The Virginia Department of Rail and Public Transportation and Hampton Roads Transit have joined a national consortium of transit agencies to explore whether autonomous buses can be deployed in select areas of the country, including Hampton Roads.
Autonomous buses are technologically advanced vehicles that can run with either a passive human attendant, or with a fully automated operating system, officials said in a news release.
No full-sized autonomous buses are in use today but the technology that could allow them is developing quickly, officials noted.
AECOM has obtained commitments from 12 agencies, including Hampton Roads Transit, to serve as the consortium’s founding members and to jointly make decisions.
This first-of-its-kind approach may accelerate the deployment of autonomous transit technologies by combining the purchasing power and collaborative decision-making of cooperating agencies, officials said.
“The future of transit is now,” said Jennifer Mitchell, director of the Virginia Department of Rail and Public Transportation. “We are thrilled to engage in this pilot program with our partners at HRT as we work together to achieve our future vision of safe, efficient, and reliable transit services for communities across the Commonwealth.”
To advance understanding and limitations of the technology, the effort will bring together agencies that operate in different climates and unique topographies, from the flat deserts of the American southwest to flood-prone Hampton Roads where congestion and crowded tunnels are common, officials said.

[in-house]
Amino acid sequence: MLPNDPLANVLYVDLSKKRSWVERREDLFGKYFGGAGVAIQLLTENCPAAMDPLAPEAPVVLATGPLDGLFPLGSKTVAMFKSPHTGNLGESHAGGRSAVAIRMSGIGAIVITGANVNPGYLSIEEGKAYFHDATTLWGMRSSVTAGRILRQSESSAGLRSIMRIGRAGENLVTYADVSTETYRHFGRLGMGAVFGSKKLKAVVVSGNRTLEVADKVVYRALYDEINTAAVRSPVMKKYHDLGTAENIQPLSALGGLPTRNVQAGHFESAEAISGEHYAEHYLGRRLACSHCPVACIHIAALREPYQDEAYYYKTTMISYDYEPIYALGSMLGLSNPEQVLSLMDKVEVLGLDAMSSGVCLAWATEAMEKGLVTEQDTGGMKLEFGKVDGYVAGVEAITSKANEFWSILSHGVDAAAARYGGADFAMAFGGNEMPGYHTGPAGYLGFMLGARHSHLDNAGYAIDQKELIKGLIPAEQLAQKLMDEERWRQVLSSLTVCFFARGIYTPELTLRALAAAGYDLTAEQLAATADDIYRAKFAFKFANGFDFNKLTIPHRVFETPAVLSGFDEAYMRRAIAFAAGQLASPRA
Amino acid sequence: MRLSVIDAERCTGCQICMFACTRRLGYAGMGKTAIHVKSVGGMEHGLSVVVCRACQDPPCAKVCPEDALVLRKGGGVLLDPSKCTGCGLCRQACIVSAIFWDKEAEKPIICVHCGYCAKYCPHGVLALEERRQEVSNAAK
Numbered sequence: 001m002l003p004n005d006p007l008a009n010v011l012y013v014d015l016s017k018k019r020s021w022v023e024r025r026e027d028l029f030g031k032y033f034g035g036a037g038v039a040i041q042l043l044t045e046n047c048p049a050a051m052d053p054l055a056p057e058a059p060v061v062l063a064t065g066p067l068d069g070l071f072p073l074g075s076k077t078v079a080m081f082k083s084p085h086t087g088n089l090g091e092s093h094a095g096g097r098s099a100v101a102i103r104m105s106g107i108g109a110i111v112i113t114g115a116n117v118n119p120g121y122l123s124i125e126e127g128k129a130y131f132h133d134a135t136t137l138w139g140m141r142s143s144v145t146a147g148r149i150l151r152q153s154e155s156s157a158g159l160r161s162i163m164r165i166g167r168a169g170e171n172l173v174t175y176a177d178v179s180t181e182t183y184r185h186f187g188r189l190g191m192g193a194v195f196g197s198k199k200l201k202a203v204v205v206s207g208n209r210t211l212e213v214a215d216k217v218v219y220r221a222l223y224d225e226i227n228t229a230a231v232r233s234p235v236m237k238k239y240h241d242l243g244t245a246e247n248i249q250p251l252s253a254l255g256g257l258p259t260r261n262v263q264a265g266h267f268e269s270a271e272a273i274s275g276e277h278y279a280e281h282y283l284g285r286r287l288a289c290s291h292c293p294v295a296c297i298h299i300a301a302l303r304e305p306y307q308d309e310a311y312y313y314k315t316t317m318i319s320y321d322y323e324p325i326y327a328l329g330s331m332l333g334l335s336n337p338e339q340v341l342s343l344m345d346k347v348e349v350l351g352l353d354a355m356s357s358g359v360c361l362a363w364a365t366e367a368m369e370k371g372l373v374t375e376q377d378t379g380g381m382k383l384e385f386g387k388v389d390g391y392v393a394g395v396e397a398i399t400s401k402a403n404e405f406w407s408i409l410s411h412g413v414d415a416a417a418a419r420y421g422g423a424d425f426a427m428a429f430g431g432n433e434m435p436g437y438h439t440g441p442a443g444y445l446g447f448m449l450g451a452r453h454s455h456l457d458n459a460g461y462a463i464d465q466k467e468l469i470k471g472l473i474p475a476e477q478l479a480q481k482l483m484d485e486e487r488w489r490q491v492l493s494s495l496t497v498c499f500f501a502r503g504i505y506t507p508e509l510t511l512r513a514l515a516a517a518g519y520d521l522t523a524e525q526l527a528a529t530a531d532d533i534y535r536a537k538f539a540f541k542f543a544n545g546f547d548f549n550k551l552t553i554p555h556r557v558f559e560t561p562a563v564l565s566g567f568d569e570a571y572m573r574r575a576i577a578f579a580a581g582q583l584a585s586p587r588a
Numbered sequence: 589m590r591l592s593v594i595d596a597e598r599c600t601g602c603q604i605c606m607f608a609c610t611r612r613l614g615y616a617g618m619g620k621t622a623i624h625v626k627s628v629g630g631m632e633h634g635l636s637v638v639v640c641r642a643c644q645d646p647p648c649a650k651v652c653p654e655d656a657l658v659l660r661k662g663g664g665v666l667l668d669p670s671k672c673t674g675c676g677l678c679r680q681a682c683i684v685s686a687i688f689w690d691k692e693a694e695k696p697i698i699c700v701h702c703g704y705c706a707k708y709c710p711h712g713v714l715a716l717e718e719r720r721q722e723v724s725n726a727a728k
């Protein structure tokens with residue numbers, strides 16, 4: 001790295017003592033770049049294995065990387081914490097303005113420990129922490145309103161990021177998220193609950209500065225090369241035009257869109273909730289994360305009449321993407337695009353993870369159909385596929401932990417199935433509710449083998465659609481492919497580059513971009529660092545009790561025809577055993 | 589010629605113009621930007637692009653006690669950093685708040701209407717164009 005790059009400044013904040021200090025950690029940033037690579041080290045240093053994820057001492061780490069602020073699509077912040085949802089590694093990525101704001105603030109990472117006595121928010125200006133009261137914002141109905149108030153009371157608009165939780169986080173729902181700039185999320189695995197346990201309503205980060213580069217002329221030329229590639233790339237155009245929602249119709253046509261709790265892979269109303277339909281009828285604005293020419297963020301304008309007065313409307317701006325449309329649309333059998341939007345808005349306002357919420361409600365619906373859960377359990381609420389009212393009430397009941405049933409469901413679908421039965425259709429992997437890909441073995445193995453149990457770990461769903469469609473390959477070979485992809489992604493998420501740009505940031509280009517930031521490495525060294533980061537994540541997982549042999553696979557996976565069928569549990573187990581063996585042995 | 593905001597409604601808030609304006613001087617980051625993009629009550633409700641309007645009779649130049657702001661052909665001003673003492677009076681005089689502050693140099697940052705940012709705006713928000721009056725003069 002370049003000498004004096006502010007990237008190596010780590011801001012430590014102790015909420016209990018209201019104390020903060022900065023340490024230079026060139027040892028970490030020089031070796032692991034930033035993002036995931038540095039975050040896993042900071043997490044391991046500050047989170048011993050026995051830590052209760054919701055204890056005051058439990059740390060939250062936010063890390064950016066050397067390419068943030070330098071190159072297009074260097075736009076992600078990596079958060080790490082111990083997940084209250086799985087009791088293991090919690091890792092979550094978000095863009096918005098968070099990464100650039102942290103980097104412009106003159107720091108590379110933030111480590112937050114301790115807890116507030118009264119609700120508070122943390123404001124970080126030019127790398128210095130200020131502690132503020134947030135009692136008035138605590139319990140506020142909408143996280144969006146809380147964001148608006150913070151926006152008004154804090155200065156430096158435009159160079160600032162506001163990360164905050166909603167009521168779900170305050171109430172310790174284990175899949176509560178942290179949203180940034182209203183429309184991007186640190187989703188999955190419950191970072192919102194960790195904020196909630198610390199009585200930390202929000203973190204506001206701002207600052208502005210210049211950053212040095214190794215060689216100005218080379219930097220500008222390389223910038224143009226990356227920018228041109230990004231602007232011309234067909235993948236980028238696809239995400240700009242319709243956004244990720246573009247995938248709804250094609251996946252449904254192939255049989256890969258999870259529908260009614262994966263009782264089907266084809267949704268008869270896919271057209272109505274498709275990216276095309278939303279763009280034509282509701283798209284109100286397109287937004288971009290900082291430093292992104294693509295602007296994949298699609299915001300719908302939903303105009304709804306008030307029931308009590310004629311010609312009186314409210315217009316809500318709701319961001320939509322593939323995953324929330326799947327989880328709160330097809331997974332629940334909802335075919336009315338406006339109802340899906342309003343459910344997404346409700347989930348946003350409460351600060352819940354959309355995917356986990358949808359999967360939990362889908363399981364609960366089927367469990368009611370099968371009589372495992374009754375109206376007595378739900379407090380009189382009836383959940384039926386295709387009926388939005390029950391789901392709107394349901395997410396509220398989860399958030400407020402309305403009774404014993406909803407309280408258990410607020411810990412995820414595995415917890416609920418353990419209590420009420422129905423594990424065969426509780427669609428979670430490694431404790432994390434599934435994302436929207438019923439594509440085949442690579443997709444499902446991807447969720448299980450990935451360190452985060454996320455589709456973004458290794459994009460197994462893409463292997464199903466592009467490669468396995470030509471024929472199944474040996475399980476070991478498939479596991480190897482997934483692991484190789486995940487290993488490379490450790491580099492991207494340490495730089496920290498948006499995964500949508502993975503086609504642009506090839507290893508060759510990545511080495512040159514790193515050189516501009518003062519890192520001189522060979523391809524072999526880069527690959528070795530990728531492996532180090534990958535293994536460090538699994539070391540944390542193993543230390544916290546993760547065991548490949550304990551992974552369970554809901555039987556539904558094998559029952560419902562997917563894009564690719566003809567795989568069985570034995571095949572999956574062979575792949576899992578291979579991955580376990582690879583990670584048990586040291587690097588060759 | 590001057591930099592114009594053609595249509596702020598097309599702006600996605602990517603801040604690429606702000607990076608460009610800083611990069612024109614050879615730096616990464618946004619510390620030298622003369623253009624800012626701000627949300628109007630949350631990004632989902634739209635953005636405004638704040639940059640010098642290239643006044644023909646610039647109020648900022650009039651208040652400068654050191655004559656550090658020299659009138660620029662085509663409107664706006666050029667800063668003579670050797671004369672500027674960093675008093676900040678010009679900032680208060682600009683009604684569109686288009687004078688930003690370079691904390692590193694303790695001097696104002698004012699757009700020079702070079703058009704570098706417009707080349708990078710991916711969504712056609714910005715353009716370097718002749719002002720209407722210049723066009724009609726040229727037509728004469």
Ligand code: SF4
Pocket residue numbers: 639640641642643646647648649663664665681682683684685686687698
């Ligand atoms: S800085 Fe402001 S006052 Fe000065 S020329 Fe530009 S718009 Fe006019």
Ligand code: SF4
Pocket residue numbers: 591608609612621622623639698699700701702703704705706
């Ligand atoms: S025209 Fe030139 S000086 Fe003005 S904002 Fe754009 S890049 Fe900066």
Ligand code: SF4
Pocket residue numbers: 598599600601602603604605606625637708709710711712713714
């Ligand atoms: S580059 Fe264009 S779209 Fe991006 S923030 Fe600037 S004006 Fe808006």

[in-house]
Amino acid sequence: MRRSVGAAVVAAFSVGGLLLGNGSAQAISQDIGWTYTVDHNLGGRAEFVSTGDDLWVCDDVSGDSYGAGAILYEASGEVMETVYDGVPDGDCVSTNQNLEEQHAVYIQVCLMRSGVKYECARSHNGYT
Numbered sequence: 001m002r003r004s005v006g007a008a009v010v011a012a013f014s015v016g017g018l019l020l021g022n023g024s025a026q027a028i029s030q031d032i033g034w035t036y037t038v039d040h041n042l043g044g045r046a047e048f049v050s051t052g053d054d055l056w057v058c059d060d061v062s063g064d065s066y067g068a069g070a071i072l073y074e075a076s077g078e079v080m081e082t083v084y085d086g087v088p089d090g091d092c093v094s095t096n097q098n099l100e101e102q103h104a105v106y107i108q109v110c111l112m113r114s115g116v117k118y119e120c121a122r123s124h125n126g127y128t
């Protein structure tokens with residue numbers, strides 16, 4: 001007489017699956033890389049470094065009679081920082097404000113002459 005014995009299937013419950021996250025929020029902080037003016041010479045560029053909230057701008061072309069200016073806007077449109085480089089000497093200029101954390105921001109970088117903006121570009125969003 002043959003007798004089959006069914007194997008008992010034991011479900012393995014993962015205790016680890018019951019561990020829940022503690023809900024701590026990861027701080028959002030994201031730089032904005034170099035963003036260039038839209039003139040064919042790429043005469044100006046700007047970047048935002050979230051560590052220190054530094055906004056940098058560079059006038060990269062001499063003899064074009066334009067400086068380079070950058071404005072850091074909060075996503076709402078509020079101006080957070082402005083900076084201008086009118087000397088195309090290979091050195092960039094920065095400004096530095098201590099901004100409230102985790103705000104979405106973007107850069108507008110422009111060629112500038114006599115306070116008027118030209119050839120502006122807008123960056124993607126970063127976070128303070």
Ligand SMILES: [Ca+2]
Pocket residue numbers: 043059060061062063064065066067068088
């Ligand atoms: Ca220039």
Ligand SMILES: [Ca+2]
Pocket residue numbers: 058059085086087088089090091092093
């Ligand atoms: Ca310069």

Part of the reason for the pilot program is to demonstrate that automated bus technology can navigate and operate reliably in those environments.
The consortium will define the best pilot regions and routes, while developing operating plans and automated bus specifications.
It also will investigate the regulatory changes necessary for deployment of those vehicles.
The consortium hopes eventually to procure jointly 75-100 automated, full-sized buses, officials said.
It is not yet known how many would be deployed in Hampton Roads or if HRT would move forward into part the program that includes the purchase of vehicles.
Even if HRT qualifies for some buses, they would be in limited use.
The vast majority of HRT’s bus fleet will remain operated by men and women behind the wheel for the foreseeable future, officials said.
Autonomous transit vehicles are being used in limited circumstances and select locations, typically as smaller, shuttle type vehicles.
The research will help HRT determine if the technology is right for the Hampton Roads before committing financial resources to buy the buses.
The consortium will also study the federal, state, and local regulatory framework to understand what changes are needed to allow autonomous vehicles to safely operate on the streets and highways.
Currently, Virginia law does not allow fully autonomous vehicles to be operated without an attendant present.
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